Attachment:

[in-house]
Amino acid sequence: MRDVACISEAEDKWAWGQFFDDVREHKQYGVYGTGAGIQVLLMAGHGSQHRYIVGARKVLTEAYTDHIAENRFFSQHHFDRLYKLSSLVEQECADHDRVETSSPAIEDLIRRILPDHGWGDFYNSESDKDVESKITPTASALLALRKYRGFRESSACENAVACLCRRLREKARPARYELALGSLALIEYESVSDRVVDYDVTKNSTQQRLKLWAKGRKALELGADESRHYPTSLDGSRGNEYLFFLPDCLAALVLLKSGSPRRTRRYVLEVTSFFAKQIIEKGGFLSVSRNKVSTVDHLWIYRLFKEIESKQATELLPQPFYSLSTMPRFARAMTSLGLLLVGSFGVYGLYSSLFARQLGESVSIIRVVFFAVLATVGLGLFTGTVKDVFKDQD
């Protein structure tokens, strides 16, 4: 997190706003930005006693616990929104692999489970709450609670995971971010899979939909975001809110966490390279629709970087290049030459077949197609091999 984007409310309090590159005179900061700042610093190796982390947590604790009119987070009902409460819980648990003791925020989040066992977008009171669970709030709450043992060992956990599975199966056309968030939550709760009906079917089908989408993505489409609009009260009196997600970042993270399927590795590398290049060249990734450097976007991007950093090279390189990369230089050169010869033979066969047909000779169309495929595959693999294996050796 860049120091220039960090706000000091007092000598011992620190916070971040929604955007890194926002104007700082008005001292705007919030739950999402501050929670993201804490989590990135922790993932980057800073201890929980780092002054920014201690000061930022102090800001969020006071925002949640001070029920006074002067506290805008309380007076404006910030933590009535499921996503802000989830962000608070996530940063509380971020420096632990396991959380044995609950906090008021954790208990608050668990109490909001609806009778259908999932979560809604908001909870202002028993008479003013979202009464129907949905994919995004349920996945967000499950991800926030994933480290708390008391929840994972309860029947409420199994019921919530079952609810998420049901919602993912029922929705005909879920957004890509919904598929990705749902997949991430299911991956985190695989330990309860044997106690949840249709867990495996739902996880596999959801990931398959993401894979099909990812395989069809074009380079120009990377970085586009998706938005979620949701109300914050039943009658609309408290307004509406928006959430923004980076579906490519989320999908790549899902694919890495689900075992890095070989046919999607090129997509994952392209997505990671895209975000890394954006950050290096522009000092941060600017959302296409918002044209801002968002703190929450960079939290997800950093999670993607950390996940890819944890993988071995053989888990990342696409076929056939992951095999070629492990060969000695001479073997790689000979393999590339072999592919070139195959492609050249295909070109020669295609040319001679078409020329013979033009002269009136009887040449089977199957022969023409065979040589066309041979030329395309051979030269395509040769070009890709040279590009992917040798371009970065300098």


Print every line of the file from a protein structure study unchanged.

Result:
[in-house]
Amino acid sequence: MRDVACISEAEDKWAWGQFFDDVREHKQYGVYGTGAGIQVLLMAGHGSQHRYIVGARKVLTEAYTDHIAENRFFSQHHFDRLYKLSSLVEQECADHDRVETSSPAIEDLIRRILPDHGWGDFYNSESDKDVESKITPTASALLALRKYRGFRESSACENAVACLCRRLREKARPARYELALGSLALIEYESVSDRVVDYDVTKNSTQQRLKLWAKGRKALELGADESRHYPTSLDGSRGNEYLFFLPDCLAALVLLKSGSPRRTRRYVLEVTSFFAKQIIEKGGFLSVSRNKVSTVDHLWIYRLFKEIESKQATELLPQPFYSLSTMPRFARAMTSLGLLLVGSFGVYGLYSSLFARQLGESVSIIRVVFFAVLATVGLGLFTGTVKDVFKDQD
């Protein structure tokens, strides 16, 4: 997190706003930005006693616990929104692999489970709450609670995971971010899979939909975001809110966490390279629709970087290049030459077949197609091999 984007409310309090590159005179900061700042610093190796982390947590604790009119987070009902409460819980648990003791925020989040066992977008009171669970709030709450043992060992956990599975199966056309968030939550709760009906079917089908989408993505489409609009009260009196997600970042993270399927590795590398290049060249990734450097976007991007950093090279390189990369230089050169010869033979066969047909000779169309495929595959693999294996050796 860049120091220039960090706000000091007092000598011992620190916070971040929604955007890194926002104007700082008005001292705007919030739950999402501050929670993201804490989590990135922790993932980057800073201890929980780092002054920014201690000061930022102090800001969020006071925002949640001070029920006074002067506290805008309380007076404006910030933590009535499921996503802000989830962000608070996530940063509380971020420096632990396991959380044995609950906090008021954790208990608050668990109490909001609806009778259908999932979560809604908001909870202002028993008479003013979202009464129907949905994919995004349920996945967000499950991800926030994933480290708390008391929840994972309860029947409420199994019921919530079952609810998420049901919602993912029922929705005909879920957004890509919904598929990705749902997949991430299911991956985190695989330990309860044997106690949840249709867990495996739902996880596999959801990931398959993401894979099909990812395989069809074009380079120009990377970085586009998706938005979620949701109300914050039943009658609309408290307004509406928006959430923004980076579906490519989320999908790549899902694919890495689900075992890095070989046919999607090129997509994952392209997505990671895209975000890394954006950050290096522009000092941060600017959302296409918002044209801002968002703190929450960079939290997800950093999670993607950390996940890819944890993988071995053989888990990342696409076929056939992951095999070629492990060969000695001479073997790689000979393999590339072999592919070139195959492609050249295909070109020669295609040319001679078409020329013979033009002269009136009887040449089977199957022969023409065979040589066309041979030329395309051979030269395509040769070009890709040279590009992917040798371009970065300098």